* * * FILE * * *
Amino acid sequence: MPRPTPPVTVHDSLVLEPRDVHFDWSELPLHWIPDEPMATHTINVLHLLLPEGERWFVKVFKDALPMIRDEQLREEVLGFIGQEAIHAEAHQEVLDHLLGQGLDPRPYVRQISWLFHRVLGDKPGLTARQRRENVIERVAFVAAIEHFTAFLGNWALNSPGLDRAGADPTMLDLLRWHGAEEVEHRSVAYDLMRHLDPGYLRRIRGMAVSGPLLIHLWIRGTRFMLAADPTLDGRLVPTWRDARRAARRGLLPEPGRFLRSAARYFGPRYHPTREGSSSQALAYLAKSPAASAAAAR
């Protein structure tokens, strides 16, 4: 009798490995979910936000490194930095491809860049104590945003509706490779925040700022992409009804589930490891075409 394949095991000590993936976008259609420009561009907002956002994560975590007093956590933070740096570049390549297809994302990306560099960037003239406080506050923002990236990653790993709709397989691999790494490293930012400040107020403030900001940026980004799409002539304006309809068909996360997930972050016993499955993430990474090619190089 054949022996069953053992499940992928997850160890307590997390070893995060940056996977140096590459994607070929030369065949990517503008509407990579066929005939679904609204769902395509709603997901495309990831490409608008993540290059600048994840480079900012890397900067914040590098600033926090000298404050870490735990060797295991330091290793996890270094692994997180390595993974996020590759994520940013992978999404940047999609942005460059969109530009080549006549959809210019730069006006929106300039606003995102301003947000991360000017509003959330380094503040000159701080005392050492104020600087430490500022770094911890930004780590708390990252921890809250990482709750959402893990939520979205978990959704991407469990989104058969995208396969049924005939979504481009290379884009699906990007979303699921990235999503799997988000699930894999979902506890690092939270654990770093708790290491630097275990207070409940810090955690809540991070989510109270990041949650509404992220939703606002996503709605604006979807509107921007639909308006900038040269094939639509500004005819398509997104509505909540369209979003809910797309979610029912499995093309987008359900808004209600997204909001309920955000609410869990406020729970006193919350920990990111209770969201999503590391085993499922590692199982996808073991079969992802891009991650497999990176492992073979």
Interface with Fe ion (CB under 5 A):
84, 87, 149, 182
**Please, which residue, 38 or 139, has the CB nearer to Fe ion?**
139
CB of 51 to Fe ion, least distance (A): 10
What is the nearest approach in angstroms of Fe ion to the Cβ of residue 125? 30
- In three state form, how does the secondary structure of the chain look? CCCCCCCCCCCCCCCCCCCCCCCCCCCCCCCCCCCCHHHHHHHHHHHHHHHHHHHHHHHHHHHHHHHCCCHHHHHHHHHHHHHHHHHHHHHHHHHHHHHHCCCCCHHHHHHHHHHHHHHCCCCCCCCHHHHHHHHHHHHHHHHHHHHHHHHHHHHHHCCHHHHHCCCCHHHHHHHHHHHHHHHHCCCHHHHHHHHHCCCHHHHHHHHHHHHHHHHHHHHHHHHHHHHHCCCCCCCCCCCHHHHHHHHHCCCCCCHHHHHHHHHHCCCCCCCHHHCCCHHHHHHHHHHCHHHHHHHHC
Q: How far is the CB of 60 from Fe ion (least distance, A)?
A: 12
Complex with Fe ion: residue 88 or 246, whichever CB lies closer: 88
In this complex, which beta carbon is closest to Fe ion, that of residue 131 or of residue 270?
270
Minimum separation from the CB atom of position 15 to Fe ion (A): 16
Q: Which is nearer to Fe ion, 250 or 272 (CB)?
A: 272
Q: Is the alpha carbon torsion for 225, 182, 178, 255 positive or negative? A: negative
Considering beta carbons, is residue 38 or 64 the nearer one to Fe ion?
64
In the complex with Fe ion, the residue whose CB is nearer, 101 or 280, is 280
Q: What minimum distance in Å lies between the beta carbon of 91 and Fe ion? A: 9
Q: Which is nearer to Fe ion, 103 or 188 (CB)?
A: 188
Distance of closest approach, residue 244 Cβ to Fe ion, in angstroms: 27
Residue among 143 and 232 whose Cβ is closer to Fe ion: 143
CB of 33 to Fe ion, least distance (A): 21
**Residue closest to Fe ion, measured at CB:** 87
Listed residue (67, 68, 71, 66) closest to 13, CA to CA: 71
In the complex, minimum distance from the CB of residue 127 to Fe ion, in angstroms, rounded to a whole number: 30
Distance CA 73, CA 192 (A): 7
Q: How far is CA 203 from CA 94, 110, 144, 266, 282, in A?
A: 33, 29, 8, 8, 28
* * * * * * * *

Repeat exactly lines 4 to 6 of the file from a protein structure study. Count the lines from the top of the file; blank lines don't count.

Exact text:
84, 87, 149, 182
**Please, which residue, 38 or 139, has the CB nearer to Fe ion?**
139